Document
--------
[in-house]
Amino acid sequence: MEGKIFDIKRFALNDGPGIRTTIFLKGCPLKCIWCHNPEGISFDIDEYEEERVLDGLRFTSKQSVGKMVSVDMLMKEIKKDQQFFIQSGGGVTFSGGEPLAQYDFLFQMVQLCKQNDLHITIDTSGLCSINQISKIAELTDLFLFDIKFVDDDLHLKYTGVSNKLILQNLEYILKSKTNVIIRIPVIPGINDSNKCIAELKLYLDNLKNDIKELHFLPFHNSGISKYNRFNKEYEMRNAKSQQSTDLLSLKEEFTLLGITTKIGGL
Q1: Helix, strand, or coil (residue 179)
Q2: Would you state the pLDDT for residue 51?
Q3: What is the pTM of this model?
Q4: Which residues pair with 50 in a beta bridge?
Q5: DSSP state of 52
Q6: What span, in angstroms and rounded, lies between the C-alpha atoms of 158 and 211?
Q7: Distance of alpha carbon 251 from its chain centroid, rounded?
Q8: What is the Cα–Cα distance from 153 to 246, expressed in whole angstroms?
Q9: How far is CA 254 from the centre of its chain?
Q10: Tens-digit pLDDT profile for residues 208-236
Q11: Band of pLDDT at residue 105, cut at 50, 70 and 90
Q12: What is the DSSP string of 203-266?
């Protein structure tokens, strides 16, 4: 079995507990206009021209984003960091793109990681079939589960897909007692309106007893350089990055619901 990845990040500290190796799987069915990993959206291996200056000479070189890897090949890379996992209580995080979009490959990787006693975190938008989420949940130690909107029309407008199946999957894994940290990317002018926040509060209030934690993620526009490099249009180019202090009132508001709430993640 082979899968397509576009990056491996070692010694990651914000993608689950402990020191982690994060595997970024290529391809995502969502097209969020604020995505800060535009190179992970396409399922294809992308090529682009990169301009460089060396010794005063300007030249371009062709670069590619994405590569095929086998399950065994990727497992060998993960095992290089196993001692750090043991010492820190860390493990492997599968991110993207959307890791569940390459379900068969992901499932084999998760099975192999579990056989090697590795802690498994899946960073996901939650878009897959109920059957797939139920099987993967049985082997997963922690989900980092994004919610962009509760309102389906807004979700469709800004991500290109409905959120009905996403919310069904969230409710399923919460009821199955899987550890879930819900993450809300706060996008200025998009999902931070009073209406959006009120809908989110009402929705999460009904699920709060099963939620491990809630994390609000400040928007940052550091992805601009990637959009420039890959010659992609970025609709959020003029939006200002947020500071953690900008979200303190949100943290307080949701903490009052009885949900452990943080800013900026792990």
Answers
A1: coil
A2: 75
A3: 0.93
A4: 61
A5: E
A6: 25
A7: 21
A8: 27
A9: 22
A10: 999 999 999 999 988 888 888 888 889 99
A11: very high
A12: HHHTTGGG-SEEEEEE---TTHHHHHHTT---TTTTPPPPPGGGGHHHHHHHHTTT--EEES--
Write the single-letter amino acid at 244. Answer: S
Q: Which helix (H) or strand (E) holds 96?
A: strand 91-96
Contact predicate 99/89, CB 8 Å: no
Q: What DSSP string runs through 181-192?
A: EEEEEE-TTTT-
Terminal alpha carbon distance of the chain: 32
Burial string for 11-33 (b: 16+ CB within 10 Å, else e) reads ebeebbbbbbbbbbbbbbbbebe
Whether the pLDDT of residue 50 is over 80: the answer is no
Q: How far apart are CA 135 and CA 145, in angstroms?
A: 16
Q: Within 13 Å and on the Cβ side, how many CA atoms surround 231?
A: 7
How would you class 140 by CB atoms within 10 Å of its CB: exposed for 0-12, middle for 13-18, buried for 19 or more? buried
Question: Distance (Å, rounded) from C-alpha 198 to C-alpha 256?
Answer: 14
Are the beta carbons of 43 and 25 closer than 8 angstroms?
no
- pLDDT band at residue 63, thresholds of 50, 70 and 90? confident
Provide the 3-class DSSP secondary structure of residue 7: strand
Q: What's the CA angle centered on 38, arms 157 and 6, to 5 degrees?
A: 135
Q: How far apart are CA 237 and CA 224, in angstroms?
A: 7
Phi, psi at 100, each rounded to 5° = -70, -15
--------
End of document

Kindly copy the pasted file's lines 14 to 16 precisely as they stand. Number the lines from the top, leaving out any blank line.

Q12: What is the DSSP string of 203-266?
């Protein structure tokens, strides 16, 4: 079995507990206009021209984003960091793109990681079939589960897909007692309106007893350089990055619901 990845990040500290190796799987069915990993959206291996200056000479070189890897090949890379996992209580995080979009490959990787006693975190938008989420949940130690909107029309407008199946999957894994940290990317002018926040509060209030934690993620526009490099249009180019202090009132508001709430993640 082979899968397509576009990056491996070692010694990651914000993608689950402990020191982690994060595997970024290529391809995502969502097209969020604020995505800060535009190179992970396409399922294809992308090529682009990169301009460089060396010794005063300007030249371009062709670069590619994405590569095929086998399950065994990727497992060998993960095992290089196993001692750090043991010492820190860390493990492997599968991110993207959307890791569940390459379900068969992901499932084999998760099975192999579990056989090697590795802690498994899946960073996901939650878009897959109920059957797939139920099987993967049985082997997963922690989900980092994004919610962009509760309102389906807004979700469709800004991500290109409905959120009905996403919310069904969230409710399923919460009821199955899987550890879930819900993450809300706060996008200025998009999902931070009073209406959006009120809908989110009402929705999460009904699920709060099963939620491990809630994390609000400040928007940052550091992805601009990637959009420039890959010659992609970025609709959020003029939006200002947020500071953690900008979200303190949100943290307080949701903490009052009885949900452990943080800013900026792990």
Answers